“It’s not the first time that Afghan forces have conducted such an attack to kill Americans or foreigners,” the Taliban statement said, citing the killing of an American soldier and the wounding of two Italians this week in Badghis province. NATO has provided no details of that incident, but Afghan Gen. Jalander Shah Bahnam said an Afghan soldier opened fire on a base in the province’s Bala Murghab district.
The congressional official in Washington said it was not clear how many of the victims in Khost were assigned to the CIA.
A senior State Department official said all of the victims were civilians. A former senior CIA officer who was stationed at the base said a combination of agency officers and contractors operated out of the remote outpost with the military and other agencies.
All the U.S. officials spoke on condition of anonymity because they were not authorized to discuss the matter with the media.
NATO said only that the base is used by provincial reconstruction teams, which consist of both soldiers and civilians, and other personnel.
A spokesman in Kabul for the international coalition force said no U.S. or NATO troops were killed in the explosion. The attack was the bloodiest for Americans since eight soldiers were killed in an insurgent attack on a base in eastern Afghanistan on Oct. 3.
In the south, NATO said the four Canadian troops and the reporter died when their armored vehicle hit a bomb while on an afternoon patrol south of Kandahar city. It was the third-deadliest day for Canadians in Afghanistan since the war began.
Lang “was one of those journalists who always wanted to get to the bottom of every story so this was an important trip for her,” said a Calgary Herald colleague, Colette Derworiz.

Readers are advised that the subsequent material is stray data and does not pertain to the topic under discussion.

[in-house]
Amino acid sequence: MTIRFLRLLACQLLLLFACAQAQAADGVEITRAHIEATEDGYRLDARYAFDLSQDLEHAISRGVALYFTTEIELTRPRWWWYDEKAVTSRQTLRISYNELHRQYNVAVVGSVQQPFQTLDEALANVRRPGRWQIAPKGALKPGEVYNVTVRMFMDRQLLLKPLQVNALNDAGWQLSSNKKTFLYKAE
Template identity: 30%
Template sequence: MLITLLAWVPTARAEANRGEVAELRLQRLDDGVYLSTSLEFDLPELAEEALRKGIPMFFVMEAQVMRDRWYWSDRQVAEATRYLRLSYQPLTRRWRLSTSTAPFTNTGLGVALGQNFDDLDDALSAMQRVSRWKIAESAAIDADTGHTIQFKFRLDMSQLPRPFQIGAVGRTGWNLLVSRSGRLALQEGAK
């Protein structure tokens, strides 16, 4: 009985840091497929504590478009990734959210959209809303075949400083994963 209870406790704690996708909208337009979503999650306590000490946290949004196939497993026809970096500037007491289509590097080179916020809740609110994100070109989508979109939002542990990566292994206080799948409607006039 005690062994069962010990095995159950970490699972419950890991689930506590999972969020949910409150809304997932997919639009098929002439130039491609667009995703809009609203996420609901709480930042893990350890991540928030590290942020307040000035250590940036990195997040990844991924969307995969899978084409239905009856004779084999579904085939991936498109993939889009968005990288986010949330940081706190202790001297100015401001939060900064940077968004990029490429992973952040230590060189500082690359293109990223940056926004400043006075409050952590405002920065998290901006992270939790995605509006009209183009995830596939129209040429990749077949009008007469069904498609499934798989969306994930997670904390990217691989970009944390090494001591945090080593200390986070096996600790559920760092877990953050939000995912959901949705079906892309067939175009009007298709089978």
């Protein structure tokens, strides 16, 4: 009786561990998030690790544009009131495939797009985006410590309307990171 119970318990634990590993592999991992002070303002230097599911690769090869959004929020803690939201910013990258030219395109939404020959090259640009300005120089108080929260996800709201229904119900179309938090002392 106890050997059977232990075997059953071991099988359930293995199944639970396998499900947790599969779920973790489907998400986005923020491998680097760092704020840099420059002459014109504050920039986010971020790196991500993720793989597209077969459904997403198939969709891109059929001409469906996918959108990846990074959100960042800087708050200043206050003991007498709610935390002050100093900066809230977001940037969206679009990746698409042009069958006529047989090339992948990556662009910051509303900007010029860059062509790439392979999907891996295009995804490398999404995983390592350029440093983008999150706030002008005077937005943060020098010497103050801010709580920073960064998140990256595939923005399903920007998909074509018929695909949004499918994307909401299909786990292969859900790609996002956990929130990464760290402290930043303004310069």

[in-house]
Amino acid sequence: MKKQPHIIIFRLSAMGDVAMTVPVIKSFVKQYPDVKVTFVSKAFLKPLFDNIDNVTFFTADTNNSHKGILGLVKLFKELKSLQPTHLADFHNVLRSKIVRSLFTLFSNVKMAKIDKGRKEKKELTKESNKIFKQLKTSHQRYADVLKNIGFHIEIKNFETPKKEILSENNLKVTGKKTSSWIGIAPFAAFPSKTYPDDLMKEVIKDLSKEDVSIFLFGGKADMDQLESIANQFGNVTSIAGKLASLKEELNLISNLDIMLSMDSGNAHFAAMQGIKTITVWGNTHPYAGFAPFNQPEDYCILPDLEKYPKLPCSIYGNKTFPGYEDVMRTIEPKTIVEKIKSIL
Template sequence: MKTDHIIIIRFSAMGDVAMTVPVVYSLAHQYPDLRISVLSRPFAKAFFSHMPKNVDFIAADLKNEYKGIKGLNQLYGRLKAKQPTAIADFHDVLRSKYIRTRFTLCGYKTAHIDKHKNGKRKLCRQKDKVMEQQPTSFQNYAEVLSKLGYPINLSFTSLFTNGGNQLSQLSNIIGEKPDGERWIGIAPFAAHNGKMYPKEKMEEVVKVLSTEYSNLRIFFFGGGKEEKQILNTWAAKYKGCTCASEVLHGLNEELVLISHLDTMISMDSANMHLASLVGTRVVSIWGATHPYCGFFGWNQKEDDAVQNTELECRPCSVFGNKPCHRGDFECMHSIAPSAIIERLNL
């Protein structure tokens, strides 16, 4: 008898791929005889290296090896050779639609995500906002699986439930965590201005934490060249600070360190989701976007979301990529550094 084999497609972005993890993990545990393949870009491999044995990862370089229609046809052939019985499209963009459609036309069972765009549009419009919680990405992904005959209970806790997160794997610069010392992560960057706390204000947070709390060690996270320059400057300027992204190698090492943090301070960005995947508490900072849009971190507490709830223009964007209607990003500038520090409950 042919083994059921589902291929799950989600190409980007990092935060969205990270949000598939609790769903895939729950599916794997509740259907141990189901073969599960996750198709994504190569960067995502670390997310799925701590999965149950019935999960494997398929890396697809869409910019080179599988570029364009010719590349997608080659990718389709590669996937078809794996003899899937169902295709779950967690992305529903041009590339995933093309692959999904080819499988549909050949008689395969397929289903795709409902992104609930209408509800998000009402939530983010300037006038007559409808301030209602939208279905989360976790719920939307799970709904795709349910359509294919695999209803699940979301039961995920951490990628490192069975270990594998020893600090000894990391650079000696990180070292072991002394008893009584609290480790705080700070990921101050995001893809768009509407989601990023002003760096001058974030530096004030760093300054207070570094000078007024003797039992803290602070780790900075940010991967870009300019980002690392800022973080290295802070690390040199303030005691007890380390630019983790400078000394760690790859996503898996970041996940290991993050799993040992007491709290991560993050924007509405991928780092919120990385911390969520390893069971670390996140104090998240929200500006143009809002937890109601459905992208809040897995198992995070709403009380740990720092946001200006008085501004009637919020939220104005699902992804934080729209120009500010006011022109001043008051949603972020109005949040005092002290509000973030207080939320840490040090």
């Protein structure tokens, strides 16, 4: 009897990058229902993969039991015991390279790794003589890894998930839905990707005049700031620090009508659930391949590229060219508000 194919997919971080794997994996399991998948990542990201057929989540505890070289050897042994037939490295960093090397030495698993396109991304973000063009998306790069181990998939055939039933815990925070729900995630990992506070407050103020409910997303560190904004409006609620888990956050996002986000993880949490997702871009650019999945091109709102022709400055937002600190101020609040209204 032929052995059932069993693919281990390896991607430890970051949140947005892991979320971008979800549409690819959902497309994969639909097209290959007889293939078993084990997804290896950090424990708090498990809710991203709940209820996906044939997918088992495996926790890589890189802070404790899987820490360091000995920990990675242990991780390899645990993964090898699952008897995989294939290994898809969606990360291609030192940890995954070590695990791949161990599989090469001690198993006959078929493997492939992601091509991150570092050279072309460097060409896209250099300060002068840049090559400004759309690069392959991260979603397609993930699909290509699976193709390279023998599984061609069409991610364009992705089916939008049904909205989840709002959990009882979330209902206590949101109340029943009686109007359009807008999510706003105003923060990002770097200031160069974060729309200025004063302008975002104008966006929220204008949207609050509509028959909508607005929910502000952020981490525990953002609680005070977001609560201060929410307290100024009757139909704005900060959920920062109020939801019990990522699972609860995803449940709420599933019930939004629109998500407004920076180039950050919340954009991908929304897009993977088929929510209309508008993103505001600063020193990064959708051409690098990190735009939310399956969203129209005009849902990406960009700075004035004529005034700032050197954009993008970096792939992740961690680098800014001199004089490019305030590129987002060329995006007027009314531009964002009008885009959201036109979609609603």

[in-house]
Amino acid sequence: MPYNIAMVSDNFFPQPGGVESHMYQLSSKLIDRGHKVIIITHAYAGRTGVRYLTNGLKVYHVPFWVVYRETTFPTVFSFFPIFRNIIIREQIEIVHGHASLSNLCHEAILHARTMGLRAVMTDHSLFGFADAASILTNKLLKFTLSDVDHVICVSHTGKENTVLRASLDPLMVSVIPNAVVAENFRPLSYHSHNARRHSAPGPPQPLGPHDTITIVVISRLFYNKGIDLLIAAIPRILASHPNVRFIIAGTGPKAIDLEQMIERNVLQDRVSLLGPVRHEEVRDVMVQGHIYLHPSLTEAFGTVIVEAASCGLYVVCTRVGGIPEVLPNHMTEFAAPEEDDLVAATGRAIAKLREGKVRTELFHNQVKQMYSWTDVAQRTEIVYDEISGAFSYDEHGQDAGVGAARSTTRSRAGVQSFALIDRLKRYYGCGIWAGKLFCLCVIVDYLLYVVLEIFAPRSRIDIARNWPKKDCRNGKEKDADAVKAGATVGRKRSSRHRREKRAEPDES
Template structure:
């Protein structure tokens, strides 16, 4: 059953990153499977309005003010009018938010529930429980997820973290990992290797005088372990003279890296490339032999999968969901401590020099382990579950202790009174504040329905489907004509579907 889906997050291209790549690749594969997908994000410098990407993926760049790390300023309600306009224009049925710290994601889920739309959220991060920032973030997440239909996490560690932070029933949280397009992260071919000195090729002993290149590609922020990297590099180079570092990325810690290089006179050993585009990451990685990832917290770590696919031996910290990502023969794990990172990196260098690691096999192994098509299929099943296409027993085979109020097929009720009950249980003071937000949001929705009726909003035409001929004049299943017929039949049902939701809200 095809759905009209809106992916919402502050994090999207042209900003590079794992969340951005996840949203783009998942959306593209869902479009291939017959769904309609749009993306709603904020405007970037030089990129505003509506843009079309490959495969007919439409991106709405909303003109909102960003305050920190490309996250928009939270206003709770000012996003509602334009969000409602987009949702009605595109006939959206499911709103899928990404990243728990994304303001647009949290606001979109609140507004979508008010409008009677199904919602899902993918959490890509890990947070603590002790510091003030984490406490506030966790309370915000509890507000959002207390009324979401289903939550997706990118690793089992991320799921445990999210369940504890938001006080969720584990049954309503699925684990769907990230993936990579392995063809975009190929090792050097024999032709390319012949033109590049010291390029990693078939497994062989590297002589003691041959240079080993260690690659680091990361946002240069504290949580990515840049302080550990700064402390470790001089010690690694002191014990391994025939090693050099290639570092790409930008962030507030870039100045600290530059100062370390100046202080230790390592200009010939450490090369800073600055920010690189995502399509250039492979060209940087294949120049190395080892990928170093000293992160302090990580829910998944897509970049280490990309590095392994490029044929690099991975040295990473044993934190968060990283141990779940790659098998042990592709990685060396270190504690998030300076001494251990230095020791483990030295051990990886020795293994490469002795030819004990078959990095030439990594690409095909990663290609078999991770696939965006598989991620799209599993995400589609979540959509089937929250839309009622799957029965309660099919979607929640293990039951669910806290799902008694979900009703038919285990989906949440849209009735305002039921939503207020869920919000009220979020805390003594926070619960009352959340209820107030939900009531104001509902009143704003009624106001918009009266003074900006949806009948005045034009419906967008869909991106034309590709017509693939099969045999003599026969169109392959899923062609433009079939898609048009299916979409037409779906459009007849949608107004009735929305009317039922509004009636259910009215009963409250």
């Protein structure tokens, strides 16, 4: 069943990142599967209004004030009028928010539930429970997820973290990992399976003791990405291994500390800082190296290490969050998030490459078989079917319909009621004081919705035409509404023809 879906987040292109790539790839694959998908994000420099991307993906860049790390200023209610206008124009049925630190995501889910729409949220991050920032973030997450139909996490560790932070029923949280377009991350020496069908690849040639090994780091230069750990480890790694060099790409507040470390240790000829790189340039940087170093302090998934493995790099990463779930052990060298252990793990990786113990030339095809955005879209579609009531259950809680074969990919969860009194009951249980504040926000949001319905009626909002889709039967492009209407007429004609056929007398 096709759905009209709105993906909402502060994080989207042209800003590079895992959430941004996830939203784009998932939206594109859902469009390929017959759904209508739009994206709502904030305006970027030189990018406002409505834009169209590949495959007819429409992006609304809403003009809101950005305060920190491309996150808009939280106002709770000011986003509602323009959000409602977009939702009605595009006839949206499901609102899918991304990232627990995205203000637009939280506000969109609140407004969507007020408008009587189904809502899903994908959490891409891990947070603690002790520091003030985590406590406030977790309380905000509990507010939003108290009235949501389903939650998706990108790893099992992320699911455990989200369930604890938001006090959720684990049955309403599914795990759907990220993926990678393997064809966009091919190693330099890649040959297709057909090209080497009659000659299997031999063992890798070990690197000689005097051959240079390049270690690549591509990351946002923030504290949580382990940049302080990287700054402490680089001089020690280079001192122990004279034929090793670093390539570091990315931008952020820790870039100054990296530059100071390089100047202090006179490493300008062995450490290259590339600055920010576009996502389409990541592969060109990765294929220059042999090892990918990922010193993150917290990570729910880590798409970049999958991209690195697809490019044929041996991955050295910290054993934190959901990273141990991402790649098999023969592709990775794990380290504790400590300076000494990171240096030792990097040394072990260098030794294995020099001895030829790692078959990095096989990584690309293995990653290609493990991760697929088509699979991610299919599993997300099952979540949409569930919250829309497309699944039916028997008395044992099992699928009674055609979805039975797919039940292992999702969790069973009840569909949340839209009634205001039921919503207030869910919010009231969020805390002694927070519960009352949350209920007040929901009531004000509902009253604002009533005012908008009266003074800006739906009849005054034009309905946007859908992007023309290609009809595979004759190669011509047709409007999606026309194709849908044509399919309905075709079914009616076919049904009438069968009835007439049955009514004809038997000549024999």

The military has not disclosed the names of the Canadian troops because relatives have not all been notified.
Brig. Gen. Daniel Menard, commander of coalition forces in Kandahar, said the soldiers were conducting a community security patrol.
Wednesday’s attack was the second lethal strike against Canadian forces in a week. One Canadian soldier and an Afghan soldier were killed Dec. 23 during a foot patrol in Panjwayi district of Kandahar province. According to figures compiled by The Associated Press, the latest casualties bring to 32 the number of Canadian forces killed in Afghanistan this year; in all, 138 have died in the war.
Afghan President Hamid Karzai issued a statement of condolence to Americans and Canadians, saying “your children sacrificed their lives for the people of Afghanistan and the threat of terrorism. The Afghans will not forget your sacrifice.”
Separately Wednesday, NATO questioned Afghan reports that international troops killed 10 civilians, including children, in a weekend attack that prompted hundreds of angry Afghan protesters to burn an effigy of President Barack Obama and chant “death” to America.
The head of an investigative team appointed by Karzai told AP that eight students between the ages of 12 and 14 were among the dead discovered in a village house in a remote section of Kunar province in eastern Afghanistan. NATO said late Wednesday that there was no direct evidence to substantiate the claims, but requested a joint investigation.
Although insurgents are responsible for the deaths of far more civilians, those blamed on coalition forces spark the most resentment and undermine the fight against militants. With 37,000 more U.S. and NATO troops being deployed to the battle zone, concern over civilian casualties is unlikely to ease anytime soon.
Several hundred Afghans demonstrated in Kabul and in the eastern city of Jalalabad in the wake of the reported deaths.
Associated Press writers Deb Riechmann and Jim Heintz in Kabul; Matthew Lee, Pam Hess and Pauline Jelinek in Washington, and Adam Goldman in New York City contributed to this report.